Man and His Symbols

Man and His Symbols

Illustrated throughout with revealing images, this is the first and only work in which the world-famous Swiss psychologist explains to the layperson his enormously influential theory of symbolism as revealed in dreams....

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Title:Man and His Symbols
Author:C.G. Jung
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Edition Language:English

Man and His Symbols Reviews

  • Owen Spencer

    My university professors never introduced me to Carl Jung. I understand why, I guess, but it's a shame that I didn't read Jung's work until now. Jungian psychology is amazing. It addresses the unconscious and the "self"/"psyche" in a unique and enlightening way. And, unlike most other psychologists, Jung did not shy away from unexplained phenomena and the so-called "paranormal". His theory provides insights into "unexplained" phenomena and is the only major psychological theory that includes the

    My university professors never introduced me to Carl Jung. I understand why, I guess, but it's a shame that I didn't read Jung's work until now. Jungian psychology is amazing. It addresses the unconscious and the "self"/"psyche" in a unique and enlightening way. And, unlike most other psychologists, Jung did not shy away from unexplained phenomena and the so-called "paranormal". His theory provides insights into "unexplained" phenomena and is the only major psychological theory that includes the paranormal in a way that doesn't dismiss it as nonsense. I can't recommend this book highly enough. I strongly encourage whoever is reading this sentence to purchase a copy of Man and His Symbols immediately. You won't regret it. It's one of the best books I've ever read. I plan to read the rest of Jung's writings now.

  • Nandakishore Varma

    This is one of the three books which influenced my literary and mythical outlook (

    and

    being the other two). All my life, I have been fascinated by symbols and their near-universality: the weird way they recur in dreams and the way they keep on popping up in mythologies. I have also been fascinated by journeys in literature, myth and movies.

    Jung tied it all together for me, in this collection of essa

    This is one of the three books which influenced my literary and mythical outlook (

    and

    being the other two). All my life, I have been fascinated by symbols and their near-universality: the weird way they recur in dreams and the way they keep on popping up in mythologies. I have also been fascinated by journeys in literature, myth and movies.

    Jung tied it all together for me, in this collection of essays which is very much accessible to the layman. Especially interesting are the third chapter on the process of individuation and the final one, the case history of one man's dream analysis.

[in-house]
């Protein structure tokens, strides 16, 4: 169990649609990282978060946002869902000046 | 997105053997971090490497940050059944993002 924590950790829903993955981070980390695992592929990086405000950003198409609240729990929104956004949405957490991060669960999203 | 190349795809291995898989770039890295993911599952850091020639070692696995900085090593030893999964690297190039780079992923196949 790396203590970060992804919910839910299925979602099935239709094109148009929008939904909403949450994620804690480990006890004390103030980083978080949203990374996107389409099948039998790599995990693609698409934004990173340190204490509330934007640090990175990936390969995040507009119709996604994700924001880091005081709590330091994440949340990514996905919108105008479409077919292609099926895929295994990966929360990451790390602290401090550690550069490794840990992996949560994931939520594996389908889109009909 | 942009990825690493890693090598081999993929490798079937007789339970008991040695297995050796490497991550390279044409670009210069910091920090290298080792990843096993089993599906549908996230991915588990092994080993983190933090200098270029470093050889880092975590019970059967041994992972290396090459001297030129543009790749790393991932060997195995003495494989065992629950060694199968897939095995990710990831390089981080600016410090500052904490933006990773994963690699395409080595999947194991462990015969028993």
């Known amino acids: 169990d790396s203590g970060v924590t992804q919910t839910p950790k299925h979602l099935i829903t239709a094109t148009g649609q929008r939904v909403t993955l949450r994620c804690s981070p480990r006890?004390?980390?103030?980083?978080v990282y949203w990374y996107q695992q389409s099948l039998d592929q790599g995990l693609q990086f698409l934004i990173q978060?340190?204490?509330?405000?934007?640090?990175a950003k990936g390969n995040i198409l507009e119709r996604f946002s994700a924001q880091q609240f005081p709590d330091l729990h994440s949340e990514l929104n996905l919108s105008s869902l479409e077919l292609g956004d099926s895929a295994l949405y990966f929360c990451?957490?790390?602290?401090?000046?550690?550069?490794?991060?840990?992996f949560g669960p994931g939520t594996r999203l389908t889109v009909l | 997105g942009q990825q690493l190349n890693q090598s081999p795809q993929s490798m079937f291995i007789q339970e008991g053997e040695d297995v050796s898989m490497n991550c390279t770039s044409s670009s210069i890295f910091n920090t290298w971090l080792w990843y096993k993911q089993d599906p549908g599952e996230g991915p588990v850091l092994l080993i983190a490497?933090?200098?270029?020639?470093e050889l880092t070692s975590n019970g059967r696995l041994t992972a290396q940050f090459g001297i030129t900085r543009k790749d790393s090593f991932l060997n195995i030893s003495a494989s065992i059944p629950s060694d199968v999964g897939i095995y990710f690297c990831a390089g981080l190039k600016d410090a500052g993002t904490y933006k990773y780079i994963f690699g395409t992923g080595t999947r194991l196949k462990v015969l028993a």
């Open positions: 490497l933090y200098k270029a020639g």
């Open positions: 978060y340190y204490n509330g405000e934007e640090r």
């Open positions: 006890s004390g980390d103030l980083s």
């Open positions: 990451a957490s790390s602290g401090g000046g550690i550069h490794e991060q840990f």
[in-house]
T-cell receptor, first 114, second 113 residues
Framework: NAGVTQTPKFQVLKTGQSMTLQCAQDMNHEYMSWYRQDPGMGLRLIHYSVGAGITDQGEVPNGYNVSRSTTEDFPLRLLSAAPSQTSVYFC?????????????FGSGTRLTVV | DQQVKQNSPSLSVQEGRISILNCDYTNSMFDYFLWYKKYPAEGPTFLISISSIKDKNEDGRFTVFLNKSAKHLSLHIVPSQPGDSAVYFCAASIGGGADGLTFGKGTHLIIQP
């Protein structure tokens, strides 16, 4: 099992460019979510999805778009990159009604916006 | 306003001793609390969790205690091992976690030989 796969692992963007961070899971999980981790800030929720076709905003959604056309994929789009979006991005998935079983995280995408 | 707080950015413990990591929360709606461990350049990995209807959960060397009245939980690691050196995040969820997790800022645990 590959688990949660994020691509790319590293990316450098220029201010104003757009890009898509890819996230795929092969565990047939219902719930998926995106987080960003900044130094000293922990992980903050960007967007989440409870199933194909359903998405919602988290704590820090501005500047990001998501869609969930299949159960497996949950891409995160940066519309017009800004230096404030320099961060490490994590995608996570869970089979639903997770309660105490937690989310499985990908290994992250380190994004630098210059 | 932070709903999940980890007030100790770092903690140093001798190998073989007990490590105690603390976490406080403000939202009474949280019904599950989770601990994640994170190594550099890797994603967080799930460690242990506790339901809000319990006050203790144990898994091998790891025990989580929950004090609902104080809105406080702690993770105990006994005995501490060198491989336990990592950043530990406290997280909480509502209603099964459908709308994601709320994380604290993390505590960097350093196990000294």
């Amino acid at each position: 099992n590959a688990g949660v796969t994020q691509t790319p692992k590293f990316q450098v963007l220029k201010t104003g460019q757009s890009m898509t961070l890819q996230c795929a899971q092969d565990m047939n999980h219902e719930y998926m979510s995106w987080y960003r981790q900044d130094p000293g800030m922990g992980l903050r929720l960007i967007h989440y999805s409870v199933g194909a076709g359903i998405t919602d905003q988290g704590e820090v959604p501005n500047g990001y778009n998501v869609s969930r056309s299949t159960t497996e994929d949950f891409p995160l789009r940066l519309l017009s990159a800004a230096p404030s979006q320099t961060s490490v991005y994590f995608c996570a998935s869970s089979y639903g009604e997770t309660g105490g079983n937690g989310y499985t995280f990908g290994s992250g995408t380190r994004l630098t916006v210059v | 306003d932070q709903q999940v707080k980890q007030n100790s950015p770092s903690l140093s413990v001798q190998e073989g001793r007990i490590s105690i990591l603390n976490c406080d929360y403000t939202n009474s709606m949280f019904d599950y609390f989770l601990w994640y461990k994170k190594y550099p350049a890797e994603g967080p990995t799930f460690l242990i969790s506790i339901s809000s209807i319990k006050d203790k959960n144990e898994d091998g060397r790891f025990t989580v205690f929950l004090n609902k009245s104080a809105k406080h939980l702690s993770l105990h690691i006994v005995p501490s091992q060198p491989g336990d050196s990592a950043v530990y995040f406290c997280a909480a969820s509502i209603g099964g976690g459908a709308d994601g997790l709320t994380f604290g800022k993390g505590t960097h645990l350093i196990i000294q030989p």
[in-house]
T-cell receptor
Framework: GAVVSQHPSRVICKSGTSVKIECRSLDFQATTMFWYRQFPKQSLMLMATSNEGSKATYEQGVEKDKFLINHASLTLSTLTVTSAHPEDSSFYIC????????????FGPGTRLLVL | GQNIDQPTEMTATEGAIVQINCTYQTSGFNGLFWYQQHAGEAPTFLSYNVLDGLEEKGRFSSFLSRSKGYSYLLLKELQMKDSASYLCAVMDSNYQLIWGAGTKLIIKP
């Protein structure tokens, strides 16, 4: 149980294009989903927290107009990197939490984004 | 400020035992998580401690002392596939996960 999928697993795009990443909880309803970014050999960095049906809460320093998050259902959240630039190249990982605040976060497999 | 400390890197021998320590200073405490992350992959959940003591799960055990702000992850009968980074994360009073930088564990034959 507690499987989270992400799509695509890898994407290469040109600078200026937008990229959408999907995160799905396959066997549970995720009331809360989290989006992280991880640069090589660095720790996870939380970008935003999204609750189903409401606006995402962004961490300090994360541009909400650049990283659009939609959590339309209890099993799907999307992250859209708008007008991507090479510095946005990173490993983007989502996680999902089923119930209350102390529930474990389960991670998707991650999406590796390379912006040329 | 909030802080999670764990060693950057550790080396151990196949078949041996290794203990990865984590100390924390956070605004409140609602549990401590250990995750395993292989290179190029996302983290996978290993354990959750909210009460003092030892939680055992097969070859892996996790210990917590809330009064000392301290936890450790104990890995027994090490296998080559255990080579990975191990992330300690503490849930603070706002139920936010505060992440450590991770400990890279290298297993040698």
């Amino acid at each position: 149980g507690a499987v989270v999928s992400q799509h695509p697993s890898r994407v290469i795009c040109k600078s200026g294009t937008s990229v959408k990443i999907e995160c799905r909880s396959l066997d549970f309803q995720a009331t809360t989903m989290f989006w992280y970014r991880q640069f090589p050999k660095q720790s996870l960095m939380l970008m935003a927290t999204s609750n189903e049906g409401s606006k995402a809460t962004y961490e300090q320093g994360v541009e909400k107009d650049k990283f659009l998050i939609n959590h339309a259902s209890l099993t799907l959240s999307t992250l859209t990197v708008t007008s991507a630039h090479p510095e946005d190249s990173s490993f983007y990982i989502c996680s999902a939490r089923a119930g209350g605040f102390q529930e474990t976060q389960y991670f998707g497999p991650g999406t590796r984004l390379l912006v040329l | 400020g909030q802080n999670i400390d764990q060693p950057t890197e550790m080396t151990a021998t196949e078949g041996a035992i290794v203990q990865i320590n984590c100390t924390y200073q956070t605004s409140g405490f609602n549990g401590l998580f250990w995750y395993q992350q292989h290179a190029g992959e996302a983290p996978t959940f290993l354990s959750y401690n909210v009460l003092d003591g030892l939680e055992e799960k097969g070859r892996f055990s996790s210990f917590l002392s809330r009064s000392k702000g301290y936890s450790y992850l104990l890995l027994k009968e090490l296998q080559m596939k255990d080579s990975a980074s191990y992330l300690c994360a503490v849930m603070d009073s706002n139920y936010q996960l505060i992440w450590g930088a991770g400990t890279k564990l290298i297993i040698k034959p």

Well worth reading.

  • Ali

    اگر تعبیر خواب و رویای فروید را خوانده اید، از "انسان و سمبول هایش" لذت مشابهی خواهید برد. با این همه کتاب سوم در این زمینه "زبان از یاد رفته" از اریش فروم است که به اندازه ی هر دوی اینها جالب و خواندنی ست. این هر سه کتاب روند نگاه به رویا را در طی سه دهه نشان می دهند، از فروید که عناصر رویا را در ارثیه ی روحی و روانی و جنسی شخص از روزگار رشدش می داند، تا یونگ که ریشه های رویا را در گذشته ی اساطیری و آیینی انسان می بیند و بالاخره اریش فروم که به مخلوطی از این دو اشاره می کند، و جهان رویا را از گ

    اگر تعبیر خواب و رویای فروید را خوانده اید، از "انسان و سمبول هایش" لذت مشابهی خواهید برد. با این همه کتاب سوم در این زمینه "زبان از یاد رفته" از اریش فروم است که به اندازه ی هر دوی اینها جالب و خواندنی ست. این هر سه کتاب روند نگاه به رویا را در طی سه دهه نشان می دهند، از فروید که عناصر رویا را در ارثیه ی روحی و روانی و جنسی شخص از روزگار رشدش می داند، تا یونگ که ریشه های رویا را در گذشته ی اساطیری و آیینی انسان می بیند و بالاخره اریش فروم که به مخلوطی از این دو اشاره می کند، و جهان رویا را از گذشته ی اساطیری و خاطرات ازلی انسان تا وقایع همین امروز دور و برش، می گستراند. شگفت زده می مانید که هنگام استراحت جسمی، مغز انسان این چنین در زمان و مکان، می چرخد و سیر می کند و در رویایی کوتاه، آسمان و زمین را بهم می دوزد.

  • Trevor

    I have a strange love / hate relationship with Jung. There are so many things about him that I find utterly fascinating and then others that I think are just crazy. I would rather think one thing or the other, but since he was obsessed with dualities, perhaps he would be happy with my conflicting and opposite feelings towards him.

    There are things about his ideas that I find incredibly appealing. A personal story might help make that clear. I started reading this book a while ago now – before I s

    I have a strange love / hate relationship with Jung. There are so many things about him that I find utterly fascinating and then others that I think are just crazy. I would rather think one thing or the other, but since he was obsessed with dualities, perhaps he would be happy with my conflicting and opposite feelings towards him.

    There are things about his ideas that I find incredibly appealing. A personal story might help make that clear. I started reading this book a while ago now – before I started Uni this year – and one of the things that made me continue with it was the idea of what I would call ‘metaphorical illnesses’. I’ve forgotten what Jung called them, but since my name is better than his could possibly be (no matter what it was) we will go with that. The idea is that sometimes in life you have an ‘illness’ which has symptoms which mirror the psychological conditions you are suffering from. You may not be able to walk, for example, but this has little to do with your legs, but much to do with how you feel trapped in a particular relationship in which you feel you can’t escape from, even though on a deep level you know escaping would be the right thing to do. So, it is as if your mind has said, ‘if you can’t walk away from this then don’t walk at all’.

    Now, I’m the first to tell you that I would find such metaphorical illnesses a bit over the top and hard to believe being possible in any but the most troubled and deeply psychotic – I mean, can you really ‘make yourself’ blind because your ‘unconscious mind’ is ‘trying to tell you something’? Does this really sound likely? Well, possibly not. But then again, last year I left an intolerable job, but while I was there I found I had developed terrible headaches, or at least, not headaches as such, but more a scorching pain across the top of my head. This, I found out, was caused by the clenching of my teeth in my sleep. This year has been incredibly busy and often quite stressful, in many ways as stressful as anything I put up with last year. I’ve had more reading than I can keep up with and more work to do than can be done – both of which I guess are good predictors of stress – and yet the thing that has surprised me is that I haven’t been grinding my teeth at all this year (trust me, I would know if I had been).